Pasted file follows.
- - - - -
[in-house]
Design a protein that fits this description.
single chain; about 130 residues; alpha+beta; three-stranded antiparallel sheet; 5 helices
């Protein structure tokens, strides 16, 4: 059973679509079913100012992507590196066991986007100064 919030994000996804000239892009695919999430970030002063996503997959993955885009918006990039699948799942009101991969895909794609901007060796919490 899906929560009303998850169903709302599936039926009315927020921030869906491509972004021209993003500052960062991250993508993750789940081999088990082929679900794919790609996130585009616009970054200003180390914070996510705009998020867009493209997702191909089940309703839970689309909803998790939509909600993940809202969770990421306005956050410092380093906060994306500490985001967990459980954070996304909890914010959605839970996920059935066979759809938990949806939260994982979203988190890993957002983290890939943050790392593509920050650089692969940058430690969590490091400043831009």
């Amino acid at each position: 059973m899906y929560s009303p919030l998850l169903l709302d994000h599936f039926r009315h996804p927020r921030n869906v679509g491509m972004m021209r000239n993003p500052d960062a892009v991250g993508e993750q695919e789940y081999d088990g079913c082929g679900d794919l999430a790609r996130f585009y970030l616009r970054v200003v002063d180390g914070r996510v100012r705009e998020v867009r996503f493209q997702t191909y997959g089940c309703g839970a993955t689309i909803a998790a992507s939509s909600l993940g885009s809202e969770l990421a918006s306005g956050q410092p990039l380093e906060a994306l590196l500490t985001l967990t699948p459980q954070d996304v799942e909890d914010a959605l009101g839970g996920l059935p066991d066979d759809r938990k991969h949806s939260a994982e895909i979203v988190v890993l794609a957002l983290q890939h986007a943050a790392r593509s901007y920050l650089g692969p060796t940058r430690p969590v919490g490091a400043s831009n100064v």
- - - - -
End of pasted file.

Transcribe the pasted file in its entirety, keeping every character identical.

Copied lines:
[in-house]
Design a protein that fits this description.
single chain; about 130 residues; alpha+beta; three-stranded antiparallel sheet; 5 helices
């Protein structure tokens, strides 16, 4: 059973679509079913100012992507590196066991986007100064 919030994000996804000239892009695919999430970030002063996503997959993955885009918006990039699948799942009101991969895909794609901007060796919490 899906929560009303998850169903709302599936039926009315927020921030869906491509972004021209993003500052960062991250993508993750789940081999088990082929679900794919790609996130585009616009970054200003180390914070996510705009998020867009493209997702191909089940309703839970689309909803998790939509909600993940809202969770990421306005956050410092380093906060994306500490985001967990459980954070996304909890914010959605839970996920059935066979759809938990949806939260994982979203988190890993957002983290890939943050790392593509920050650089692969940058430690969590490091400043831009």
């Amino acid at each position: 059973m899906y929560s009303p919030l998850l169903l709302d994000h599936f039926r009315h996804p927020r921030n869906v679509g491509m972004m021209r000239n993003p500052d960062a892009v991250g993508e993750q695919e789940y081999d088990g079913c082929g679900d794919l999430a790609r996130f585009y970030l616009r970054v200003v002063d180390g914070r996510v100012r705009e998020v867009r996503f493209q997702t191909y997959g089940c309703g839970a993955t689309i909803a998790a992507s939509s909600l993940g885009s809202e969770l990421a918006s306005g956050q410092p990039l380093e906060a994306l590196l500490t985001l967990t699948p459980q954070d996304v799942e909890d914010a959605l009101g839970g996920l059935p066991d066979d759809r938990k991969h949806s939260a994982e895909i979203v988190v890993l794609a957002l983290q890939h986007a943050a790392r593509s901007y920050l650089g692969p060796t940058r430690p969590v919490g490091a400043s831009n100064v």